On the eve of the second anniversary of living with COVID, it might be too early to discern deep changes brought on by the pandemic. But several trends bear watching.
Certainly, we can say technology adoption, itself an accelerant, has accelerated. Zoom calls, telemedicine and more are clearly here to stay. But are there important changes in our core practices and beliefs due to the worldwide health crisis?
One comforting finding, eloquently detailed in The Washington Post by my friend and former colleague Mike Gerson, is that the pandemic has not changed our religious faith.
“You might think that the global COVID-19 crisis—with 5 million dead and counting—would provoke intensified reflection on the enigma of misery. In a new study by the Pew Research Center, the authors probe how many Americans have had their faith shaken or blamed God during the pandemic and other recent calamities. The results are notable for being unexceptional. Recent trauma has created very little theological drama in the minds of Americans,” Gerson recently wrote.
Large majorities of Americans continue to profess a deep faith in God even as fewer Americans participate in formal religious communities (church, temple or synagogue), Pew reports.
The Indiana Family Institute did a deep dive into key family statistics and found few COVID-based trends. Adoptions are delayed for obvious reasons. There appear to be fewer marriages (delay, too), but a growing satisfaction with marriages in general. Divorce data is mixed, but W. Bradford Wilcox of the University of Virginia reports survey results showing “my marriage is in trouble” declined from 40% to 30%.
Birth figures do show declines. A study by Arnstein Aassve computed a 3.8% rate of decline in U.S. birth rates from 2019 to 2020. He found the decrease accelerated toward the end of 2020. No baby boom this time. (Hat tip to ace researcher Charlie Willis for the family facts.)
One major COVID impact that likely will persist long term involves education. Again, data is early, subject to revisions and hotly debated. But this development explains the saliency of education as a major issue in politics.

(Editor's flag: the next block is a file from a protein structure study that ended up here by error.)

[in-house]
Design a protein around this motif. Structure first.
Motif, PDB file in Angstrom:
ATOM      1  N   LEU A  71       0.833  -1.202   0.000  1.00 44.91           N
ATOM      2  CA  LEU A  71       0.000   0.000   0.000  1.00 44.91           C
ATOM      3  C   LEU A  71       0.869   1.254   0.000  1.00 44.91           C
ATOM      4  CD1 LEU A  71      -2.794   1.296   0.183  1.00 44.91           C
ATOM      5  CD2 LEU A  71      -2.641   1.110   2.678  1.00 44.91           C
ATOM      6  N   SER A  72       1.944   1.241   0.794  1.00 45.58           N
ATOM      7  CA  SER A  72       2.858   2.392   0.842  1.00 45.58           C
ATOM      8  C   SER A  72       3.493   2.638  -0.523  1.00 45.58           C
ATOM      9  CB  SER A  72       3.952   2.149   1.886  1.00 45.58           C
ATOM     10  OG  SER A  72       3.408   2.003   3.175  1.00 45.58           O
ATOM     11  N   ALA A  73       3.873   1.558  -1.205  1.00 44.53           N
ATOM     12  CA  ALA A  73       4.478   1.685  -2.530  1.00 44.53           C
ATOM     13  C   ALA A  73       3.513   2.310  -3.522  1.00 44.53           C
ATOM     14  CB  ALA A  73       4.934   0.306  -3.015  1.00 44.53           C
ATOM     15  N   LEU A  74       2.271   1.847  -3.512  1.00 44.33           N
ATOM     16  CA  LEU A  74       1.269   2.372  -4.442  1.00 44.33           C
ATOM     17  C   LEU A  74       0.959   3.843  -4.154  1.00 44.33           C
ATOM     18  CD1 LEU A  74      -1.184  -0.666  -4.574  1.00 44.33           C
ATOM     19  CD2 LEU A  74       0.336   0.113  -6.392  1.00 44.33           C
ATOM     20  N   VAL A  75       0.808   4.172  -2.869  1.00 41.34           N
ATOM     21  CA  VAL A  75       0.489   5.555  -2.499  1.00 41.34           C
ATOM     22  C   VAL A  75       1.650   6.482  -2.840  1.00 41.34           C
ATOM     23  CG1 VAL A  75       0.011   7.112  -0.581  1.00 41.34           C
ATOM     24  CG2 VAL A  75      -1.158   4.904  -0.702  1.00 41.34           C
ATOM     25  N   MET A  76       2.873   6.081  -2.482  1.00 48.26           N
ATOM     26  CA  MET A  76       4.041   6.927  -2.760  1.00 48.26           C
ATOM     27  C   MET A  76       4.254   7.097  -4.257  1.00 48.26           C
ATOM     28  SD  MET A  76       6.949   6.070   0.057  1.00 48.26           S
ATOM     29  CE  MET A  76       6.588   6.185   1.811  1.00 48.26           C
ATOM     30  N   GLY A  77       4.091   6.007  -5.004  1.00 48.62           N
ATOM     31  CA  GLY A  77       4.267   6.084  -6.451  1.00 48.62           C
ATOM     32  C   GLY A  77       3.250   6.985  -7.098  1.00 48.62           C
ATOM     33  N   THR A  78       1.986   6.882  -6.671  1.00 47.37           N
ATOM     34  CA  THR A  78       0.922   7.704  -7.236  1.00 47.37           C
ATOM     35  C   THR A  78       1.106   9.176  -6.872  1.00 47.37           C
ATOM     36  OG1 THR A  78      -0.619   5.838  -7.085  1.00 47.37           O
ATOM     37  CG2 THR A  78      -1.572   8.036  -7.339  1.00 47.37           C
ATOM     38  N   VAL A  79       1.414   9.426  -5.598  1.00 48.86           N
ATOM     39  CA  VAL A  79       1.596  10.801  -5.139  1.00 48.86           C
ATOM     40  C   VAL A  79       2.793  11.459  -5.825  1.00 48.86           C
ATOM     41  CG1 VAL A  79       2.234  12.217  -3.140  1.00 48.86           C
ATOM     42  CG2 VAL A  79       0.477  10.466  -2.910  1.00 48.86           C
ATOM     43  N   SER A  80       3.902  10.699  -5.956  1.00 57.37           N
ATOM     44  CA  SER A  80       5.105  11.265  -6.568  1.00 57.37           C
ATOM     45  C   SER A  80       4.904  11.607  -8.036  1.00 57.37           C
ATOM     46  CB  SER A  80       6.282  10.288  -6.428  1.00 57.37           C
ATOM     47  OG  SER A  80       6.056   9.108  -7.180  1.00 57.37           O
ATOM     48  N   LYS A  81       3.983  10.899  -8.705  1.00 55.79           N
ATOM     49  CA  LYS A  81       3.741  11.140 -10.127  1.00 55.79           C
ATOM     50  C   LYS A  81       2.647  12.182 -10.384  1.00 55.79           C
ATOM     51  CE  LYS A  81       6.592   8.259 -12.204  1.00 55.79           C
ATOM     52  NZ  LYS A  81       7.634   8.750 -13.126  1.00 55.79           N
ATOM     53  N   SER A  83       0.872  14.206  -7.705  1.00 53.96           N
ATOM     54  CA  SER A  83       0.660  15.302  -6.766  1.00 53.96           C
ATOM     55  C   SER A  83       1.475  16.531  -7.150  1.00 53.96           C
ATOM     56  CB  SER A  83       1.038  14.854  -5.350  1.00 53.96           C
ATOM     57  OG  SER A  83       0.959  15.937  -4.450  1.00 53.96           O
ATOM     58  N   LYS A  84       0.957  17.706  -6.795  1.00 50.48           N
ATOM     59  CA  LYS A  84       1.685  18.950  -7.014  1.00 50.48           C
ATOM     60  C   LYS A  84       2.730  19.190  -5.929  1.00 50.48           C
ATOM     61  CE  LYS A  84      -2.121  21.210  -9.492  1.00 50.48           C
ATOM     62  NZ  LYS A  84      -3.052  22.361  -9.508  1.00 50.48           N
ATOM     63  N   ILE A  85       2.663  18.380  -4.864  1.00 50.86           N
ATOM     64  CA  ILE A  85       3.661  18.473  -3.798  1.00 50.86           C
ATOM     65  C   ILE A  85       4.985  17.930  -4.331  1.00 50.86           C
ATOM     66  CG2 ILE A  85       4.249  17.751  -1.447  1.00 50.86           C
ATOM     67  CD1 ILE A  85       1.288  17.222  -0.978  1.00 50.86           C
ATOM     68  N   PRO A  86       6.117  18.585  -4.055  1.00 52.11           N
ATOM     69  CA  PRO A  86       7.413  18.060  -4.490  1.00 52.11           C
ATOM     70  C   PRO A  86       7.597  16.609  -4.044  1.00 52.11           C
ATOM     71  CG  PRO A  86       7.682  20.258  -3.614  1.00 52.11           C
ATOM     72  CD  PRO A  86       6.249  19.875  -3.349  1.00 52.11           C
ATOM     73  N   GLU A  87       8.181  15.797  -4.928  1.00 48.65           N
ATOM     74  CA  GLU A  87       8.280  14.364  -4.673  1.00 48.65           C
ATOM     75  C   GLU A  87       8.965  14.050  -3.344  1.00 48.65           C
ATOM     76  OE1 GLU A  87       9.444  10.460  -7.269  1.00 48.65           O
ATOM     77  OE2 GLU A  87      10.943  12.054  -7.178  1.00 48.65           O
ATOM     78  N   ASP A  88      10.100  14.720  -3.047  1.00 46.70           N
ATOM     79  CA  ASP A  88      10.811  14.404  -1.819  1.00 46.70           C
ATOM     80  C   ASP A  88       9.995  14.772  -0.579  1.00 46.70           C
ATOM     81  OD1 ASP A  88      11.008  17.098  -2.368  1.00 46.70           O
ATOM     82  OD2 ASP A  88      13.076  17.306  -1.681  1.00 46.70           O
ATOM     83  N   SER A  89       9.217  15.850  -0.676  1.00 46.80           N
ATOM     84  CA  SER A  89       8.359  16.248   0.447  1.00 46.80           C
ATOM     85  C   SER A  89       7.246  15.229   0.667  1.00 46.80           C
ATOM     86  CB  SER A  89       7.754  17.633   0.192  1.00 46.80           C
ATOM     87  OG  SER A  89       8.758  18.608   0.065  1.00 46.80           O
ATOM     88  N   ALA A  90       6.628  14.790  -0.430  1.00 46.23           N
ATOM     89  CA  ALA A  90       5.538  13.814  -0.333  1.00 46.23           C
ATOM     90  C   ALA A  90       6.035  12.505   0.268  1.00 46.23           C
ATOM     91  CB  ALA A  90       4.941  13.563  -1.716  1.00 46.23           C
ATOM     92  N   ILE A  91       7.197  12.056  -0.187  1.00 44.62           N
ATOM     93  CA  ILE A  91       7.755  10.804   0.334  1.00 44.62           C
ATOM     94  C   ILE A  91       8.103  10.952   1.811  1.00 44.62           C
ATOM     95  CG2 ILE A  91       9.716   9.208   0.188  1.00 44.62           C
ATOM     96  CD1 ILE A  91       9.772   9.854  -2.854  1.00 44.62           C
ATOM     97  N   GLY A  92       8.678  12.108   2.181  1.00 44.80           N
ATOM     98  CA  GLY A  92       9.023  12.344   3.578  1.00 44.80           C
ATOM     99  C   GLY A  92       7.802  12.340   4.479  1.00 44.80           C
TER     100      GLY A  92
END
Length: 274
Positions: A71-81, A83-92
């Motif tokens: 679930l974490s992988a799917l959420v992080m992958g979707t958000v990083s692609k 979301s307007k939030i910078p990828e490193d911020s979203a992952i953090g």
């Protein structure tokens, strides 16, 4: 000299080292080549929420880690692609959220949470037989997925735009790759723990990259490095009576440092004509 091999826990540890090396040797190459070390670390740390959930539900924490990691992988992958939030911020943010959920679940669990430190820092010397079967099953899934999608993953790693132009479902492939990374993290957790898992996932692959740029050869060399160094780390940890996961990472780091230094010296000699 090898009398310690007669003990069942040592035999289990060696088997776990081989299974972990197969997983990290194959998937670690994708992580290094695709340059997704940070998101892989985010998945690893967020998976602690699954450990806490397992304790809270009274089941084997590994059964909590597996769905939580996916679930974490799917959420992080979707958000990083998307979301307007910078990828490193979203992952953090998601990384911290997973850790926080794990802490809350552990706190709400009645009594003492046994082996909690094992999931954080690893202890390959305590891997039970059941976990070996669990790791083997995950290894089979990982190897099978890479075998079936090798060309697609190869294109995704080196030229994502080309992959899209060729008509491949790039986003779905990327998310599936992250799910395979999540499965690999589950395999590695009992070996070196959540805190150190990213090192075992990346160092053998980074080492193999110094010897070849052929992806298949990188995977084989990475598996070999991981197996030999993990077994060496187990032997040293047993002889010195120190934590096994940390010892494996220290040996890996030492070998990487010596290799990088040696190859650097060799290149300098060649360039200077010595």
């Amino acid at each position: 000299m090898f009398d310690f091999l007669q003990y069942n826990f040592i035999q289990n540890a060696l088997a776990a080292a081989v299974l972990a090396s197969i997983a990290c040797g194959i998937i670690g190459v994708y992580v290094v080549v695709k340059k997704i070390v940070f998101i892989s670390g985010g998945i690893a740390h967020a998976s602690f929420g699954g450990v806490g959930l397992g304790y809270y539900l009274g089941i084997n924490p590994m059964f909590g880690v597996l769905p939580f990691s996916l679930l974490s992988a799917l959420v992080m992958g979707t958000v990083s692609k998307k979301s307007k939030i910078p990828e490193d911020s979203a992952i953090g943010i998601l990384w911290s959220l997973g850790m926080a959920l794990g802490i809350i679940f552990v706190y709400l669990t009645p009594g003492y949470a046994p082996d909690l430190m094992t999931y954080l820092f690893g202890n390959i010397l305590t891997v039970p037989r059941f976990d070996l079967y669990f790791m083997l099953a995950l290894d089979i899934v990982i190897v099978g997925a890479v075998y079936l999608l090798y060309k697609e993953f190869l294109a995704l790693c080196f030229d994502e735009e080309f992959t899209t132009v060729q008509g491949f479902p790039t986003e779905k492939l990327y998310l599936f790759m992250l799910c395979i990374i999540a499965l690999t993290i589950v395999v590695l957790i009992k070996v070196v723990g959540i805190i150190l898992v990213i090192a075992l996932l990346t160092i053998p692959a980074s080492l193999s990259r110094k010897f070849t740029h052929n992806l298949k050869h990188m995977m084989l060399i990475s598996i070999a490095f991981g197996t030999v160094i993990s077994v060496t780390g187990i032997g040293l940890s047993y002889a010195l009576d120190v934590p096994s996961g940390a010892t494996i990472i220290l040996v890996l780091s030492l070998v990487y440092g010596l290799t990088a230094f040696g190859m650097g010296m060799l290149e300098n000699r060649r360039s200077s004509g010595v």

Public school enrollment is declining in Indiana and nationwide. Home schooling, whether by parents-only or in co-ops, has skyrocketed. For decades, 3% to 4% of school-age children received home-based instruction. The U.S. Census Bureau reported that grew to 5.4% in the spring of 2020, then 11.1% in October 2020, before peaking at 19.5% in mid-May 2021.
While the numbers have declined from that unprecedented level, the reasons for the change remain. Again, these are hotly debated, but many parents are dissatisfied with taxpayer-funded schools. Some blame haughty administrators who forced school closures and mask mandates. Others say the veil was pulled back by virtual instruction, allowing parents to actually see what was being taught. Still others just note the kids were forced home with their quarantined parents and guardians, so home schooling was more convenient.
Whatever the cause or causes, this is a seismic and systemic shift. Some estimates say up to one-fourth of Hoosier kids are home-schooled or in a non-public school. Indiana’s voucher-law changes rightly empower more parents with more choices. And parents are choosing to leave government-run schools in droves.
“I am certain that the Indiana education system is beginning to fracture,” wrote Anthony Kinnett, a former classroom teacher and education policy adviser to Wisconsin Gov. Scott Walker, in an August article on this trend.
Those fractures will force more significant change in K-12 education, our state’s largest single budget item, at just under $10 billion annually. We might call it COVID reforms.•
Smith is chairman of the Indiana Family Institute and author of “Deicide: Why Eliminating The Deity is Destroying America.”
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